The Chair of the contemporary drawing panel of SECAC 2014 is Pete Schulte, University of Alabama and the Co-Chair is Travis Head, Virginia Tech.

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Thomas Spiegelhalter in Steering Committee and Marilys Nepomechie as Group Consultant for Research on Sustainable Human-Building Ecosystems

The College of Architecture + The Arts’s Thomas Spiegelhalter (Associate Professor and Co-Director of the FIU Structural and Environmental Technologies Laboratory) is a member of the steering committee for RCN-SEES: Predictive Modeling Network for Sustainable Human-Building Ecosystems (SHBE). The committee behind the Research Coordination Network (RCN) focusing on Science, Engineering and Education for Sustainability (SEES) recently met at the Lawrence Berkeley National Laboratory (Berkeley Lab) in California. The RCN-SEES is funded by a $652,846.00 grant from the National Science Foundation. Other steering committe members are Prof. Yong Tao (UNT), Prof. Yimin Zhu (LSU), Khee Poh Lam (CMU), Richard Feiock (FSU), Mirsad Hadzikadic (UNCC),  Chien-fei Chen (UTK), Wei Yan (TAMU), Carol C. Menassa (UMICH), and Derrick D’Souza (UNT).

In addition to serving as a steering committee member, Professor Spiegelhalter is a member in two working groups for RCN-SEES, Group I: Physical Systems – in which College of Architecture + The Arts Professor Marilys Nepomechie is a constultant – and Group V: Model integration and Validation. These two groups, along with the other four, are emphasizing separate themes as theoretical foci of Sustainable Human-Building Ecosystems. The other working groups are covering Human Behaviors, Social/Policy Impacts, Life Cycle/Economics, and Sustainability Education.

Thus far, the RCN-SEES has hosted two workshops on two themes. A workshop on Physical Systems took place at the University of Texas in March 2014, and another on Human Behaviors took place at the University of North Carolina at Charlotte in May 2014. The workshops consisted of presentations to stimulate discussion, breakout groups, and roundtable discussions to summarize action items. Some industrial and international entities that have participated in these workshops are InstitutoTecnológicode Saltillo (Mexico), TexEnergy, Schneider Electric, the Lawrence Berkeley National Laboratory, and HKS, Inc.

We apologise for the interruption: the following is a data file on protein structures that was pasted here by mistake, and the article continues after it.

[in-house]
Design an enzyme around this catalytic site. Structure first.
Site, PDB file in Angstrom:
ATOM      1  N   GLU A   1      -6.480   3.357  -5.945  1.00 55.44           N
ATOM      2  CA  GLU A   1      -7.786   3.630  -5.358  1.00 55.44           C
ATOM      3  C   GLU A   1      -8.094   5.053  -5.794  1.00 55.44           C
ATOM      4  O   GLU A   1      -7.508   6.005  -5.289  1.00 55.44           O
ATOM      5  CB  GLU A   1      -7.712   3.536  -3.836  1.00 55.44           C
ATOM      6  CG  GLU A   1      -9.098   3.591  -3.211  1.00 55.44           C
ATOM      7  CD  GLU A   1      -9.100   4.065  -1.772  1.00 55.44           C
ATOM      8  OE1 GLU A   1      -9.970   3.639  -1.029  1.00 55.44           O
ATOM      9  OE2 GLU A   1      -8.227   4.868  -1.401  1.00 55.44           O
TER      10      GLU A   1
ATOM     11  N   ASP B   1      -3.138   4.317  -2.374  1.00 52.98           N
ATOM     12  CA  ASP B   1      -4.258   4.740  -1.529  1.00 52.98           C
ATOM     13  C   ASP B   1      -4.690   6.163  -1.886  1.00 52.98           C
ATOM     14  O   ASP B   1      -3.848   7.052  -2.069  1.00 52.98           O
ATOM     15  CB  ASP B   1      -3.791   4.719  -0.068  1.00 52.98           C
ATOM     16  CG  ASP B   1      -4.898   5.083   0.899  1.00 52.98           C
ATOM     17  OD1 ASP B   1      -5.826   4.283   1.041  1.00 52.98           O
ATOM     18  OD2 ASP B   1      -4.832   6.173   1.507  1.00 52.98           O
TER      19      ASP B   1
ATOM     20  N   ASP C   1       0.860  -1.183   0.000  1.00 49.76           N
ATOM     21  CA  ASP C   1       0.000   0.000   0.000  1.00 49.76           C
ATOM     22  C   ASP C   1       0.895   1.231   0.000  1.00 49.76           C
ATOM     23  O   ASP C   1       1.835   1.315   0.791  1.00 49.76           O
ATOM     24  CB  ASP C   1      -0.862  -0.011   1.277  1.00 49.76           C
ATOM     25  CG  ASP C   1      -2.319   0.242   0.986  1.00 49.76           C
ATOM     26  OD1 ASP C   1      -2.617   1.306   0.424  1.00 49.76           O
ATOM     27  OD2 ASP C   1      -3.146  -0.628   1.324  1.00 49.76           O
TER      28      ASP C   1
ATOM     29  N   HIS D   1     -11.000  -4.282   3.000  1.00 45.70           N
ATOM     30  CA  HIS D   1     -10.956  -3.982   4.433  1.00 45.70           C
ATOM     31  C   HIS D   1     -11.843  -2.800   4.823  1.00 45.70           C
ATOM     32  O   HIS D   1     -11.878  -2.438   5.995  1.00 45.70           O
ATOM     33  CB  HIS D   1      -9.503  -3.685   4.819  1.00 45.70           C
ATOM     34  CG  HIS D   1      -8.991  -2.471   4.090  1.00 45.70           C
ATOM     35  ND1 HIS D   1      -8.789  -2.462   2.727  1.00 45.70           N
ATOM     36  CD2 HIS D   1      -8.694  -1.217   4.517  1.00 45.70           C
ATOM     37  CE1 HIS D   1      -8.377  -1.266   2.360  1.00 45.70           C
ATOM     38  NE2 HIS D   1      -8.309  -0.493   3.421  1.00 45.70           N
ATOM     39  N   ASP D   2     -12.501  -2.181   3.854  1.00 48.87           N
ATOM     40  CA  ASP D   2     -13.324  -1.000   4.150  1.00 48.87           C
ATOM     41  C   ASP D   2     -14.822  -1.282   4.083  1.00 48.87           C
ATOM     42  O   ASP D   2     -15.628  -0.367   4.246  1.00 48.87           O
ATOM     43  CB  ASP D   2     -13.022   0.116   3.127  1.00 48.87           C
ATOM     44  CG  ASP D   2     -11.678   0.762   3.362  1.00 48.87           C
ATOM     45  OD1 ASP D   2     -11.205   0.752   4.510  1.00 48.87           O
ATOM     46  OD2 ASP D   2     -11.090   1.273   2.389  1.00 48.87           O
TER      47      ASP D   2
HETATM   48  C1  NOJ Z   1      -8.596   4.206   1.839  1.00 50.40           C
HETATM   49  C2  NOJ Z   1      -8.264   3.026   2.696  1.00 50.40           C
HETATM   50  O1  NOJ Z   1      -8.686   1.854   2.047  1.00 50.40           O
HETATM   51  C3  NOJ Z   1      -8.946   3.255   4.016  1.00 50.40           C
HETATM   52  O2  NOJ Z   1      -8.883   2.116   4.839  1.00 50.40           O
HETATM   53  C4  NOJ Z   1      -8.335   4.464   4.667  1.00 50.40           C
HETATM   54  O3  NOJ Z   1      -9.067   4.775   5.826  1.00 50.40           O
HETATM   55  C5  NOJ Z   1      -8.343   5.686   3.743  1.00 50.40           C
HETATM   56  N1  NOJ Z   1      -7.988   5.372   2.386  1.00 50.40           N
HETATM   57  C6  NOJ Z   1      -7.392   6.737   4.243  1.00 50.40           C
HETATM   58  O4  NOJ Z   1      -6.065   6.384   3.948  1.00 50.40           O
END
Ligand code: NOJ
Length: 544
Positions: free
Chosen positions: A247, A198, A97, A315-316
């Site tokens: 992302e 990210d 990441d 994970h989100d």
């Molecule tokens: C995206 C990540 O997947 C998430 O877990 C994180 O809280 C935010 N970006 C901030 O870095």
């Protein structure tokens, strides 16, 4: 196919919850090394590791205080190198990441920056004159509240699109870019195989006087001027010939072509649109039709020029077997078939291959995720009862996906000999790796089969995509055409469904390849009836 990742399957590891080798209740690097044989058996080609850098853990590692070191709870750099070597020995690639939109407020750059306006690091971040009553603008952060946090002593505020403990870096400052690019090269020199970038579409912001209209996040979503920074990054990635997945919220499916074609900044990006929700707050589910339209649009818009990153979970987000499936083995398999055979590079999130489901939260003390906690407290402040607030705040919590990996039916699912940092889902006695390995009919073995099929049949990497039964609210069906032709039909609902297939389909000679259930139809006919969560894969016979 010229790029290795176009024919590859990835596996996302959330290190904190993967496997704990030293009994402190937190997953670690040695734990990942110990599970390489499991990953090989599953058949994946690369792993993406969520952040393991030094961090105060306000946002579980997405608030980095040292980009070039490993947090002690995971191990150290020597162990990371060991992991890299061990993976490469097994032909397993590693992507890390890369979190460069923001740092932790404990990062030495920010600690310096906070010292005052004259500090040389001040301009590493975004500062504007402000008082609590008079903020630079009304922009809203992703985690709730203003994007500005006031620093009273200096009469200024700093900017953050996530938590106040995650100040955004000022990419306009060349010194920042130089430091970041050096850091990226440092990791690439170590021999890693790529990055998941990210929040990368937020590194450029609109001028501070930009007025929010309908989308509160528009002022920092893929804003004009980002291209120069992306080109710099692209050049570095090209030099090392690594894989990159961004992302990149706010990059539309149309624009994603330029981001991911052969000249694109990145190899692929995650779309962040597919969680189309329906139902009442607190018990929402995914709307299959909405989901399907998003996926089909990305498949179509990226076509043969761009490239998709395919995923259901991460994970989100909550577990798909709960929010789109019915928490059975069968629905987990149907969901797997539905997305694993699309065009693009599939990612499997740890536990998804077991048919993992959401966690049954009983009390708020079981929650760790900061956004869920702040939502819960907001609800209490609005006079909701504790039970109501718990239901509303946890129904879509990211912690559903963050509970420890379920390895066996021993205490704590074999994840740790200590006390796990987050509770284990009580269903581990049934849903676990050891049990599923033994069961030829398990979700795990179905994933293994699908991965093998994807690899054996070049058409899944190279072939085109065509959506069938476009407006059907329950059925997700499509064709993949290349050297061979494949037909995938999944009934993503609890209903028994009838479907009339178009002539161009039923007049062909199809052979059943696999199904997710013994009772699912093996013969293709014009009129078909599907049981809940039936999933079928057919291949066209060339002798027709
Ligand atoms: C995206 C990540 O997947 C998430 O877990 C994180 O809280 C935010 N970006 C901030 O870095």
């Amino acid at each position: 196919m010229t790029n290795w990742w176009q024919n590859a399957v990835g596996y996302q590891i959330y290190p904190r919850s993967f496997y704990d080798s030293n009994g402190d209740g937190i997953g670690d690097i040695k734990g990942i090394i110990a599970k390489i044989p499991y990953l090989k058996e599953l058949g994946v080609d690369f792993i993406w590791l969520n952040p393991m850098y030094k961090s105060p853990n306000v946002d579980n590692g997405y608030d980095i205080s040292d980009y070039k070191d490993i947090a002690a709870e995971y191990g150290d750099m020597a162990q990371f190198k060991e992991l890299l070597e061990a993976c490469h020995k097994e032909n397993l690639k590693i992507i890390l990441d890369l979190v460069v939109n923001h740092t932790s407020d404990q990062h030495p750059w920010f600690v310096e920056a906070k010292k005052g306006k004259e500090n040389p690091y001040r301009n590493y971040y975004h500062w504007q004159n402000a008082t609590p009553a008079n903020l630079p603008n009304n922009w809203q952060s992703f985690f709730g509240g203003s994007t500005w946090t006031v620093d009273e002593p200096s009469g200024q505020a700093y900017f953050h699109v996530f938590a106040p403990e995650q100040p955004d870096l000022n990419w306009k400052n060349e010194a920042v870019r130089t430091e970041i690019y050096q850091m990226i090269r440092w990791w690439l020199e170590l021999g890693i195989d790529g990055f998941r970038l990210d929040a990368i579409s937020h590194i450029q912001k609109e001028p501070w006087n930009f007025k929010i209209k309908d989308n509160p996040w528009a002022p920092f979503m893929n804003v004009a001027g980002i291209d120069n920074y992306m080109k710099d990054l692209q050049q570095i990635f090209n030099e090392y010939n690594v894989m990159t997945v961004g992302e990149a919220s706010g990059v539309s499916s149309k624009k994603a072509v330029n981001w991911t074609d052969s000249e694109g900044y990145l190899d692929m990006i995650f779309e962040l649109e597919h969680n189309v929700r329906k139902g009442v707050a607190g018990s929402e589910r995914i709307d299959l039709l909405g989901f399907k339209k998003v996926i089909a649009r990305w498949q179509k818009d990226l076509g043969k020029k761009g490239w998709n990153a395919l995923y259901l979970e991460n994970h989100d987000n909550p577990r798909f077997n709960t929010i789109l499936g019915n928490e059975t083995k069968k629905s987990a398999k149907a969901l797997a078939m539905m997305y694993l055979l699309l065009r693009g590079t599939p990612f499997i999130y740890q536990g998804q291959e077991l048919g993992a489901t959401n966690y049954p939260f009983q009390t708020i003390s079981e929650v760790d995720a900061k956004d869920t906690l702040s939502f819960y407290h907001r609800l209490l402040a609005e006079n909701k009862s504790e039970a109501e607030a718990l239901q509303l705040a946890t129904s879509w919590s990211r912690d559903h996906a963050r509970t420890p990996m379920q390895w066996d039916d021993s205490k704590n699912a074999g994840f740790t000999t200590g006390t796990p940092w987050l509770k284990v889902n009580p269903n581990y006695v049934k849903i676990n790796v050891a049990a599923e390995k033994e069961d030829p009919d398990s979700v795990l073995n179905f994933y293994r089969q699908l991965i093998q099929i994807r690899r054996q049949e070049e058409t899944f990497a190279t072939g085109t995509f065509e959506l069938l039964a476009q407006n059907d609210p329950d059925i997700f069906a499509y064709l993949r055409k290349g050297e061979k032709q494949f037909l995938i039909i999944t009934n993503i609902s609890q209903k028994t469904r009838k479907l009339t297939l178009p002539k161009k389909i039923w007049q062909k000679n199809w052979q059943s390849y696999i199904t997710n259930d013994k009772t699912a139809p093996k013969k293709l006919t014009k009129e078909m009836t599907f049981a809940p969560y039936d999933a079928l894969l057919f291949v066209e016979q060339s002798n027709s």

A Sustainable Human-Building Ecosystem involves

  • differential needs and patterns of behavior for human occupants in various types of buildings with multiple, temporally, and environmentally demographic, cultural, and social preferences;
  • social-economic systems to sustain, or be adapted by, the human needs and patterns of behavior;
  • building envelopes to provide a shelter for people from weather;
  • active engineering systems and passive features providing thermal and lighting comfort;
  • quality air, fresh water, and their supply systems for human needs, and
  • micro-climate conditions such as urban centers, which may significantly vary from macro scale climate data and significantly correlate to the efficient energy consumption by human in buildings